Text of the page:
As the latest edition of Jakarta Fashion Week (JFW) began and ended on October 20 and 26, the annual fashion event officially passed the 10-year mark and embarked on a new era. Started in 2007, JFW has been growing steadily and gradually into a respected fashion event in Southeast Asia and the international fashion industry in general, attracting more and more foreign designers and brands to not only show their collections, but also collaborate with the local names.
This year’s event sees designers and brands from UK, Australia, Japan, South Korea and also India and Pakistan. Indeed, 71 years after the two nations parted, India and Pakistan somehow found themselves side by side in the capital of Indonesia.
Representing their respective countries, the two participating brands both delivered their collections, whose features and characteristics feel distinctive yet familiar at the same time.
Zuria Dor (Pakistan)
Showing their “The Woman” collection on the first day of JFW, Zuria Dor is a Pakistani contemporary brand co-founded by two sisters, Madiha Latif and Kinza Latif. Interestingly, the sisters majored in product design engineering and aerospace engineering, instead of fashion designing. After receiving their education in UK, the Latifs returned home with a mission to join in their nation’s emerging economy efforts.
The sisters couldn’t be more fitting with the country’s “Emerging Pakistan” campaign. Young and forward-minded, they set on building a fashion label that “think globally and act locally.”
The Latifs’ global thinking is embodied in Zuria Dor’s up-to-date and woke feel. Behind the scenes, the brand practices sustainability by using natural fabrics and puts emphasis on employee welfare. But it’s what they reveal on the runway that really turn people’s heads and make them see Zuria Dor—and Pakistani fashion in general—in a different light. At least that’s what happened during the brand’s show at JFW.
Daring, feminine, flirty and skin-baring, Zuria Dor’s “The Woman” collection was a complete surprise for the local audience at JFW who expected to see an array of modest and covered-up outfits from a Pakistani label.
Sequined and pastel colored party dresses and semi-casual pieces at the first half of the show were definitely an eye-opener, but at times, they fell flat. Funnily enough, the modern collection shone the most during the latter half of the show, when the models walked down the runway in traditional attire-inspired ensembles.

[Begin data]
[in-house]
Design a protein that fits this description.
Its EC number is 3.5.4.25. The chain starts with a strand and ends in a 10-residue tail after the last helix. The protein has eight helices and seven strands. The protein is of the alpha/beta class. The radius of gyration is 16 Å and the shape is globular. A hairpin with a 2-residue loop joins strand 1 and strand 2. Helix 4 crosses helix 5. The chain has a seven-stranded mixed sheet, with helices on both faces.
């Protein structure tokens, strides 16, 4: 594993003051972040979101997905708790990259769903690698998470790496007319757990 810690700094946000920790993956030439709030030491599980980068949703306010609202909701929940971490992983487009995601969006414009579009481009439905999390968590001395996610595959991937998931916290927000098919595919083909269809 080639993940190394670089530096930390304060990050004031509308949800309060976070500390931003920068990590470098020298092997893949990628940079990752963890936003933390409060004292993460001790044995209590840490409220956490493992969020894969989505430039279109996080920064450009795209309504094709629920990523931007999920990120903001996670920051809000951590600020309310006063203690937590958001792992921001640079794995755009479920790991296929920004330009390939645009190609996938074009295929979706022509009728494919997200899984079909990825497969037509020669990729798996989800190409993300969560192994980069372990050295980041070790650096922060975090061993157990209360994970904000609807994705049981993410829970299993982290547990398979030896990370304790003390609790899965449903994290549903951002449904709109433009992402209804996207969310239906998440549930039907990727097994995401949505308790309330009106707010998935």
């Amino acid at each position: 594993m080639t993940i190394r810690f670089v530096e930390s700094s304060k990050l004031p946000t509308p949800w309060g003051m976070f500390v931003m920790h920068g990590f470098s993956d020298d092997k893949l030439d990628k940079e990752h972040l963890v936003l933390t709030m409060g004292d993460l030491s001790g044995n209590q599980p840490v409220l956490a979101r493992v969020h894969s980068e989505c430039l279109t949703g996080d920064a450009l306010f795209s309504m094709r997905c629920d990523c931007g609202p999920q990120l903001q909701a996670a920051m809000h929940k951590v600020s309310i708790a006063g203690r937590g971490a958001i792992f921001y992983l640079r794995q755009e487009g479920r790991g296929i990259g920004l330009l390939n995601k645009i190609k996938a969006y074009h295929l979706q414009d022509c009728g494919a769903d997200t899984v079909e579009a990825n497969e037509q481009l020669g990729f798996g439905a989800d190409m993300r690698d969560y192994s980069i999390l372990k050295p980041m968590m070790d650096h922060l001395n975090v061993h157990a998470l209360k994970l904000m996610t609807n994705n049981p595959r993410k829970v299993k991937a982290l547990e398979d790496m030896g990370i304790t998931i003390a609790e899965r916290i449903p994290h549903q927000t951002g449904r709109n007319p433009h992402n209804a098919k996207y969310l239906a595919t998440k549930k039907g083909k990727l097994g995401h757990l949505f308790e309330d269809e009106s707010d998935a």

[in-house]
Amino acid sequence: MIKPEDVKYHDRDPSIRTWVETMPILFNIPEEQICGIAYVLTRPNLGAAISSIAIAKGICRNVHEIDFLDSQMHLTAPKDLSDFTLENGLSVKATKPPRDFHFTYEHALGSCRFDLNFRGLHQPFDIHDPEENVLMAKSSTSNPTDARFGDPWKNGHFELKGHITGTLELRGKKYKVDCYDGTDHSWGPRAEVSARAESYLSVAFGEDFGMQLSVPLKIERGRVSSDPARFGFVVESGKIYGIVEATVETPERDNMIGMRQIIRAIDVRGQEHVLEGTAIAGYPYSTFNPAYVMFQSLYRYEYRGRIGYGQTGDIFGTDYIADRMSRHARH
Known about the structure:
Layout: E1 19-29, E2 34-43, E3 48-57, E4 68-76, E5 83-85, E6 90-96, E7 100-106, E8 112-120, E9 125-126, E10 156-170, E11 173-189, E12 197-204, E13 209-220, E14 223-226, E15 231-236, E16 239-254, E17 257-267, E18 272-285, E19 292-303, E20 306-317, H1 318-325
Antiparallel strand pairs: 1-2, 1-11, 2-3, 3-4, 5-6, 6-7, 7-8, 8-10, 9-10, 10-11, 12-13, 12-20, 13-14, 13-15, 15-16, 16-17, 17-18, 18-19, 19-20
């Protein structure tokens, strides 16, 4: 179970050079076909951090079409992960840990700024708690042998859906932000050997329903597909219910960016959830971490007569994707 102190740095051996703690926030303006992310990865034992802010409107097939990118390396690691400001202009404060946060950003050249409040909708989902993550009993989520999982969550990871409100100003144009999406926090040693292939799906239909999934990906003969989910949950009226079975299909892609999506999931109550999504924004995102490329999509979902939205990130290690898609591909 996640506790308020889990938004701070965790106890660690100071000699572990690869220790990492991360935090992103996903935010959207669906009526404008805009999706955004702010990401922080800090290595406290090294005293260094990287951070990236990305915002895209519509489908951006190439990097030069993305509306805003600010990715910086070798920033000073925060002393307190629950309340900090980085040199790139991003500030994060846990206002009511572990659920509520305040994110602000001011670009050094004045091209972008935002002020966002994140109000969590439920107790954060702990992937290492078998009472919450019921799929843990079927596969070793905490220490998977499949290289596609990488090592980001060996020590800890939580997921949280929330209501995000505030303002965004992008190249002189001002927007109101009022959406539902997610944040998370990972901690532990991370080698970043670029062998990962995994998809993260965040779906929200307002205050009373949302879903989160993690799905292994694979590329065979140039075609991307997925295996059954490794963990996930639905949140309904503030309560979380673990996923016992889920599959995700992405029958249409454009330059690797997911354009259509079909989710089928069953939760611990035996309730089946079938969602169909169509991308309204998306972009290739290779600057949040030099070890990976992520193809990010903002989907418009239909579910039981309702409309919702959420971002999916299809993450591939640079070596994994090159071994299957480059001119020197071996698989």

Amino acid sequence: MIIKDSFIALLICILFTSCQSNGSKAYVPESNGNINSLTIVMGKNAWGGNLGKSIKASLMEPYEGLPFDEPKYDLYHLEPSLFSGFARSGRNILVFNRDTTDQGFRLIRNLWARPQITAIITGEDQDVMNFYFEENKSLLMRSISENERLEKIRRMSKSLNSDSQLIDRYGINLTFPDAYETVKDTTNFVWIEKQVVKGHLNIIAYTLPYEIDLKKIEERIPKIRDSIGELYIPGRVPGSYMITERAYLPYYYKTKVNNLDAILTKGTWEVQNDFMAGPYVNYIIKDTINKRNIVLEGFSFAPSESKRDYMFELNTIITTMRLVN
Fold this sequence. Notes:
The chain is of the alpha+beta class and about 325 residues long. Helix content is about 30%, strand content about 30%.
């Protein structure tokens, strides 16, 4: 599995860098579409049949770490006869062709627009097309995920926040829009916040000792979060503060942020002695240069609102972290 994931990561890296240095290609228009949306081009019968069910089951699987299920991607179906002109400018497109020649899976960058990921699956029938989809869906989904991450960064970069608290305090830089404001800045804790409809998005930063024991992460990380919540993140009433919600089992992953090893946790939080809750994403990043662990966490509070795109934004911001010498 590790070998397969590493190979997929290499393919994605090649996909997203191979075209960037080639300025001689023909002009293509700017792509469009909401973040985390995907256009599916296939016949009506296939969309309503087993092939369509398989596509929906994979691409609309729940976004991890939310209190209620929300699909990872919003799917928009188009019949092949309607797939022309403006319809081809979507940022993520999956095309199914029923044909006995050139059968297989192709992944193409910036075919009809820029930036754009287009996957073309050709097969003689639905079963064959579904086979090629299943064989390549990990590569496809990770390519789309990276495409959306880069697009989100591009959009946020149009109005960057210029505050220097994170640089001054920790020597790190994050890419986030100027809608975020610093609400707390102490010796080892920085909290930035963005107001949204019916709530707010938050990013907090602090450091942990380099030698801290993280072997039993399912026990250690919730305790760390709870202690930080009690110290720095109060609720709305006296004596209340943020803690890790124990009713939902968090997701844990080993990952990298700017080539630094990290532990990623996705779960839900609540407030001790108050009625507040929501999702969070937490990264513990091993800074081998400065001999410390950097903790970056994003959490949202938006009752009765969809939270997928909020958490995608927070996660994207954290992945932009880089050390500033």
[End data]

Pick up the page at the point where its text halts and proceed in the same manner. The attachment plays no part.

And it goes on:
Zuria Dor’s Fashion Show Finale
In spite of everything, Zuria Dor’s show was a commendable achievement. It’s strange to see the local audience’s amazement upon witnessing the brand’s non-Islamic collection (especially considering that there are more Moslems in Indonesia than in Pakistan). But it just goes to show that most people have a very limited perception on Pakistan, and the brand exists to open their minds. Zuria Dor, in this case, was a successful learning experience.
Vaishali S (India)
Founded in 2001 in Mumbai by designer Vaishali Shadangule, Vaishali S is a fashion brand that focuses on creating pieces made from hand-woven Indian traditional textiles. Vaishali S has been skillfully taking hundreds of years of tradition and breathing a new life into it. So far, the label has presented 19 collections in a number of international events, from Lakme Fashion Week to New York Fashion Week.
Vaishali S shares the same passion and awareness for sustainability and human welfare with Zuria Dor. Not only does the label uses natural fabrics and encourages to reduce textile waste, Vaishali the designer has also journeyed through villages in India to find traditional weavers and provide a helping hand for them. The brand works with around 700 weavers, most of them female, to produce every detail in the pieces.
And anyone can see how much work put into them when Vaishali S held its fashion show on the second day of JFW. It helps that the models walked in a painstakingly slow manner down the runway; it allowed the audience to enjoy the designs and study the handmade details more carefully. Perhaps it also served as a symbol of the amount of time used to make an outfit.
While Vaishali S is determined to make traditional Indian textiles more relatable to the modern consumers, there was a short of contemporary styles in their collection. It seems that, unlike Pakistan’s Zuria Dor, Vaishali S has no urgency to change the perception of or rebrand the Indian fashion. Besides, most people—and not only the audience at JFW—are already familiar with it, thanks to, in part, fashion brands like Vaishali S itself. Instead of coming out with an entirely modern collection, Vaishali S embraces its heritage and carefully, instead of forcefully, displays it in front of the world, giving them the necessary time to digest and accept it.